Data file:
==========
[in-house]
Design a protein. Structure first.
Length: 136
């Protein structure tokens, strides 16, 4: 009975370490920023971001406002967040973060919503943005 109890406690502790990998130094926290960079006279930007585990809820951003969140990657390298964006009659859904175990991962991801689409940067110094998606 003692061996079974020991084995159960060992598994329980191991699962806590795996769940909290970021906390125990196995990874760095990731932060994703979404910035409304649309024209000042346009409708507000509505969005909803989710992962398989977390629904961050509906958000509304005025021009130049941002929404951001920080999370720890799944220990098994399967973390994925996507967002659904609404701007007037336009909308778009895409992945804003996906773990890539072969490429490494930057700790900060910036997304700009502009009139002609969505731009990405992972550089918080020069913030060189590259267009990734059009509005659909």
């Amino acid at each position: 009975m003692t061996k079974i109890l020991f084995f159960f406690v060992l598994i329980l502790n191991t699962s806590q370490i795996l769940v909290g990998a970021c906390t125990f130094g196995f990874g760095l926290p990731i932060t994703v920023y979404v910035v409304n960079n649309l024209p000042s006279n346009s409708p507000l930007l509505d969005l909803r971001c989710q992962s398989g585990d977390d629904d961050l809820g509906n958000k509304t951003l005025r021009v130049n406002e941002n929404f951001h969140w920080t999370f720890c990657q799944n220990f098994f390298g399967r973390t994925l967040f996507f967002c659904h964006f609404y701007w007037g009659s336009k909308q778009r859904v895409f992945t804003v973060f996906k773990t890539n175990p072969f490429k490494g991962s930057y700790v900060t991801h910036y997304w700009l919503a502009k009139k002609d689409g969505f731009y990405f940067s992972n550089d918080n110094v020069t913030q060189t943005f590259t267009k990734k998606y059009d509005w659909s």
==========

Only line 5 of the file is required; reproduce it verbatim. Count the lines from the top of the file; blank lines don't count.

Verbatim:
């Amino acid at each position: 009975m003692t061996k079974i109890l020991f084995f159960f406690v060992l598994i329980l502790n191991t699962s806590q370490i795996l769940v909290g990998a970021c906390t125990f130094g196995f990874g760095l926290p990731i932060t994703v920023y979404v910035v409304n960079n649309l024209p000042s006279n346009s409708p507000l930007l509505d969005l909803r971001c989710q992962s398989g585990d977390d629904d961050l809820g509906n958000k509304t951003l005025r021009v130049n406002e941002n929404f951001h969140w920080t999370f720890c990657q799944n220990f098994f390298g399967r973390t994925l967040f996507f967002c659904h964006f609404y701007w007037g009659s336009k909308q778009r859904v895409f992945t804003v973060f996906k773990t890539n175990p072969f490429k490494g991962s930057y700790v900060t991801h910036y997304w700009l919503a502009k009139k002609d689409g969505f731009y990405f940067s992972n550089d918080n110094v020069t913030q060189t943005f590259t267009k990734k998606y059009d509005w659909s």